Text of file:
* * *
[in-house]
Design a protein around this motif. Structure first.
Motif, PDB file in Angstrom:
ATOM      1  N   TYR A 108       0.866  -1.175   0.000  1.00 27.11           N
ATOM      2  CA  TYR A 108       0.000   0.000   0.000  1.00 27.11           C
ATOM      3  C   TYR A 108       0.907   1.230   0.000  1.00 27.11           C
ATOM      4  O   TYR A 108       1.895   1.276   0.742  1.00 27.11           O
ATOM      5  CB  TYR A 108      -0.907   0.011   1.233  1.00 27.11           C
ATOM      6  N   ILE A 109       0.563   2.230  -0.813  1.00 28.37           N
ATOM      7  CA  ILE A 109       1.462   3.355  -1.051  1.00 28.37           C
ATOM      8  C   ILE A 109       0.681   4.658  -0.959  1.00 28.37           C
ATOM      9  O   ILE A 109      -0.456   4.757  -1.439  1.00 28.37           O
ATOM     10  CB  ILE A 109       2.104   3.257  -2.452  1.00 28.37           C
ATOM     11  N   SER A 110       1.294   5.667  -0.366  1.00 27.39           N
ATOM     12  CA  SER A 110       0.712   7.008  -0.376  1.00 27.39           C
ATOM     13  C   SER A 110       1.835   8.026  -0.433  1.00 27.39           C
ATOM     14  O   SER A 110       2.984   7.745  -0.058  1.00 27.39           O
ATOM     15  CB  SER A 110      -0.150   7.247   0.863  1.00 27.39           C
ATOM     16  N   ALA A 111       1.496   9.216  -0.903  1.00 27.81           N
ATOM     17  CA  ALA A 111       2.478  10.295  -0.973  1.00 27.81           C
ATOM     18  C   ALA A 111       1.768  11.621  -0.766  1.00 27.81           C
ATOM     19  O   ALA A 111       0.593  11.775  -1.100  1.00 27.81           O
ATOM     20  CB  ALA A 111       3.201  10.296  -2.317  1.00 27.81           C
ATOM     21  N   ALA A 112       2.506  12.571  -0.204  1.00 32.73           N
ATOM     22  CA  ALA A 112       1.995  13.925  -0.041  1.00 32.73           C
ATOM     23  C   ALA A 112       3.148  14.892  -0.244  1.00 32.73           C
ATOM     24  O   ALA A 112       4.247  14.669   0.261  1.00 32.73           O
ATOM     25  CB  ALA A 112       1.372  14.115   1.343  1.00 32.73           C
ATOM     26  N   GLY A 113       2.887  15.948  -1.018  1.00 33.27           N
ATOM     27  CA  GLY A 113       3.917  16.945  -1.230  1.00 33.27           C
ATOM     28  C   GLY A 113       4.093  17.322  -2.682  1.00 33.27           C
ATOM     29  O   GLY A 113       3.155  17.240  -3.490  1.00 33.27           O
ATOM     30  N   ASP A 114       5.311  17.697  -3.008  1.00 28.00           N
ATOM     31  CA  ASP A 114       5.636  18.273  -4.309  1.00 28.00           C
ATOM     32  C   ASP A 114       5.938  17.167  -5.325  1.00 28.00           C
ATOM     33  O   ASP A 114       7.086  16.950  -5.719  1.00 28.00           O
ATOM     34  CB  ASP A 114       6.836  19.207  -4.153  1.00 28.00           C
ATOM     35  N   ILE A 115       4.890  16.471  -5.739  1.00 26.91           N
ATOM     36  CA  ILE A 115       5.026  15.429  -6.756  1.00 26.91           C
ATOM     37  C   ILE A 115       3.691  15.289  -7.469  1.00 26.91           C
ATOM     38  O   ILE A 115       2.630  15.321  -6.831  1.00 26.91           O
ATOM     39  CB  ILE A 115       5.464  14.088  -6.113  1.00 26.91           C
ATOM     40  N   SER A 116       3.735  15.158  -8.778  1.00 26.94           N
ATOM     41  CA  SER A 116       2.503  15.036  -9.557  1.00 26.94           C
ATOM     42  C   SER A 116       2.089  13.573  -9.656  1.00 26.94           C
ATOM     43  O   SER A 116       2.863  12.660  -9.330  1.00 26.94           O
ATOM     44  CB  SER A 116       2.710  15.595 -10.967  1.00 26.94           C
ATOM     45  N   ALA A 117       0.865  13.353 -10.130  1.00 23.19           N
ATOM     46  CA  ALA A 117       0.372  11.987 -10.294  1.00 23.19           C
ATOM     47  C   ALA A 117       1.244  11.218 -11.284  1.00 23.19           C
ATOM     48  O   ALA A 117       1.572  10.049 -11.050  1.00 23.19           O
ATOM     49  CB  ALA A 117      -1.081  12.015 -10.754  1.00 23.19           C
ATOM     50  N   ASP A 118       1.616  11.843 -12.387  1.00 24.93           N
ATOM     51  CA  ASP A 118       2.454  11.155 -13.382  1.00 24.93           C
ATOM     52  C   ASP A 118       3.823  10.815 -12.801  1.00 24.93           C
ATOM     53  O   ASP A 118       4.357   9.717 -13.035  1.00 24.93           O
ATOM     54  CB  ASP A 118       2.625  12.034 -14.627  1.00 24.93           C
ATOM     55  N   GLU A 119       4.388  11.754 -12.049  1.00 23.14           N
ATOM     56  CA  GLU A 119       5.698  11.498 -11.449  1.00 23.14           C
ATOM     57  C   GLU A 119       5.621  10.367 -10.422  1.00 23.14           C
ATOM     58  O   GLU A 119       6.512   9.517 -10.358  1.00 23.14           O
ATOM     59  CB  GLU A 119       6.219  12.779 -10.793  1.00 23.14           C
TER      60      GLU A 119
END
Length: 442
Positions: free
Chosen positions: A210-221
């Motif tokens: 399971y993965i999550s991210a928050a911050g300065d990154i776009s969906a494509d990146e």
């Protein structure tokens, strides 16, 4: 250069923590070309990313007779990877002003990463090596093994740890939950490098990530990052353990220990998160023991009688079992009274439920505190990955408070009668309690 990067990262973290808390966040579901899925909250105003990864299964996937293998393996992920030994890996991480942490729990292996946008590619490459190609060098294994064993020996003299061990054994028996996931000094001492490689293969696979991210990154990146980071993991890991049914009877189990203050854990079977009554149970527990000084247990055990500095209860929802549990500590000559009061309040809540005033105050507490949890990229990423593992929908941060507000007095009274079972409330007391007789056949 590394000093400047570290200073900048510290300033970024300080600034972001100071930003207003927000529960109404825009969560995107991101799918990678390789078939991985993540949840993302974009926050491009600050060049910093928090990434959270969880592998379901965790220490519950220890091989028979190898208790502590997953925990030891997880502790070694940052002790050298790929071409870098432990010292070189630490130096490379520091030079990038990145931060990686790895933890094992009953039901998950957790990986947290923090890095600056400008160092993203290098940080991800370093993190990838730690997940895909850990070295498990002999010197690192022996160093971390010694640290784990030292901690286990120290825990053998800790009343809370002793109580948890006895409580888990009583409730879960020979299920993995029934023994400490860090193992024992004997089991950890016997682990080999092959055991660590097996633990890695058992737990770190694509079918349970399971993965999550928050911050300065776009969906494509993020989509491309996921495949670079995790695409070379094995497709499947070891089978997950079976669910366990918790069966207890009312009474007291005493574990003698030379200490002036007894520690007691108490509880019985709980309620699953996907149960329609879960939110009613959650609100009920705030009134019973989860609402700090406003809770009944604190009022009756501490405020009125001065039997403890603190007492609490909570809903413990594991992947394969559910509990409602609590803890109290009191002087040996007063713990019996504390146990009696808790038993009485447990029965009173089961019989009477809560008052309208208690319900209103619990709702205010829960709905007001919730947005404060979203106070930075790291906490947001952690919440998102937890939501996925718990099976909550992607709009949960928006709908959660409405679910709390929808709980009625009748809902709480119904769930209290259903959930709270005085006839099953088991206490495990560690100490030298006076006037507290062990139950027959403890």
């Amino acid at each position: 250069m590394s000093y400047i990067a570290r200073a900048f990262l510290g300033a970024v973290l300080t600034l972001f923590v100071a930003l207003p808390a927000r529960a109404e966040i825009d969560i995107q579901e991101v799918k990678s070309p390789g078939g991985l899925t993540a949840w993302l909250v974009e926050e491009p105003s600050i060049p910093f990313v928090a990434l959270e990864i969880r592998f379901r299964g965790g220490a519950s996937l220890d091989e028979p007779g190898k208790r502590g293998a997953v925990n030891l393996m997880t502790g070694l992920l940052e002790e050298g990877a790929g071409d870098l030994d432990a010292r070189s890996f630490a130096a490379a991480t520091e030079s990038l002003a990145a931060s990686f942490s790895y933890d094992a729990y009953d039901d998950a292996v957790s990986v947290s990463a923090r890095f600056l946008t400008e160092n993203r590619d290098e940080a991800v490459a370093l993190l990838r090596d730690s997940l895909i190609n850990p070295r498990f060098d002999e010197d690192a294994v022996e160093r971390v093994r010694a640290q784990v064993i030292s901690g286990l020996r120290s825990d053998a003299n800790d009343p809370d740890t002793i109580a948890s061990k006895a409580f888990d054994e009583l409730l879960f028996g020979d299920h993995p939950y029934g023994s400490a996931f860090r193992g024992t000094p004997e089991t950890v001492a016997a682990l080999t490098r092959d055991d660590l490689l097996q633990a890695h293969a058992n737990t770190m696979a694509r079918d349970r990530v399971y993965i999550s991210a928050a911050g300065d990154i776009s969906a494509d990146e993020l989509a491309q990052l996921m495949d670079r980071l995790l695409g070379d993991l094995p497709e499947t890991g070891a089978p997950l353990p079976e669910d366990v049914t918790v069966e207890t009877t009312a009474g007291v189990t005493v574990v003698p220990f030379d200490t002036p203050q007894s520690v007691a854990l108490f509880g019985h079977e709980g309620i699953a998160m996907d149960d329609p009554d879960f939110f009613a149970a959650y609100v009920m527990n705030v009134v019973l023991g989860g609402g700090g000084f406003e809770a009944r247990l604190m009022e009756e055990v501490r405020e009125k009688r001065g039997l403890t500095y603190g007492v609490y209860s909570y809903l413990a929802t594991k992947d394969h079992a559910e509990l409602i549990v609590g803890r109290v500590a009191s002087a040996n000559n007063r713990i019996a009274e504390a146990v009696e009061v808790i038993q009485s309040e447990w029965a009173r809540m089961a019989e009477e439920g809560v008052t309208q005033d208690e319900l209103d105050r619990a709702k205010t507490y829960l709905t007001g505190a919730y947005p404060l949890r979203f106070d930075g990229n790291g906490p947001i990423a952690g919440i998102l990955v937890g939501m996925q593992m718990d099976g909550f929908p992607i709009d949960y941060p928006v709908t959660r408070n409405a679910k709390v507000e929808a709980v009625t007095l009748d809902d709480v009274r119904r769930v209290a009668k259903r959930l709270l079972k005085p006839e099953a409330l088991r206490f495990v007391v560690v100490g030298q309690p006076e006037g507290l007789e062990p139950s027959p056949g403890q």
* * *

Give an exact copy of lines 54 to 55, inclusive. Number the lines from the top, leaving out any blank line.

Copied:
ATOM     51  CA  ASP A 118       2.454  11.155 -13.382  1.00 24.93           C
ATOM     52  C   ASP A 118       3.823  10.815 -12.801  1.00 24.93           C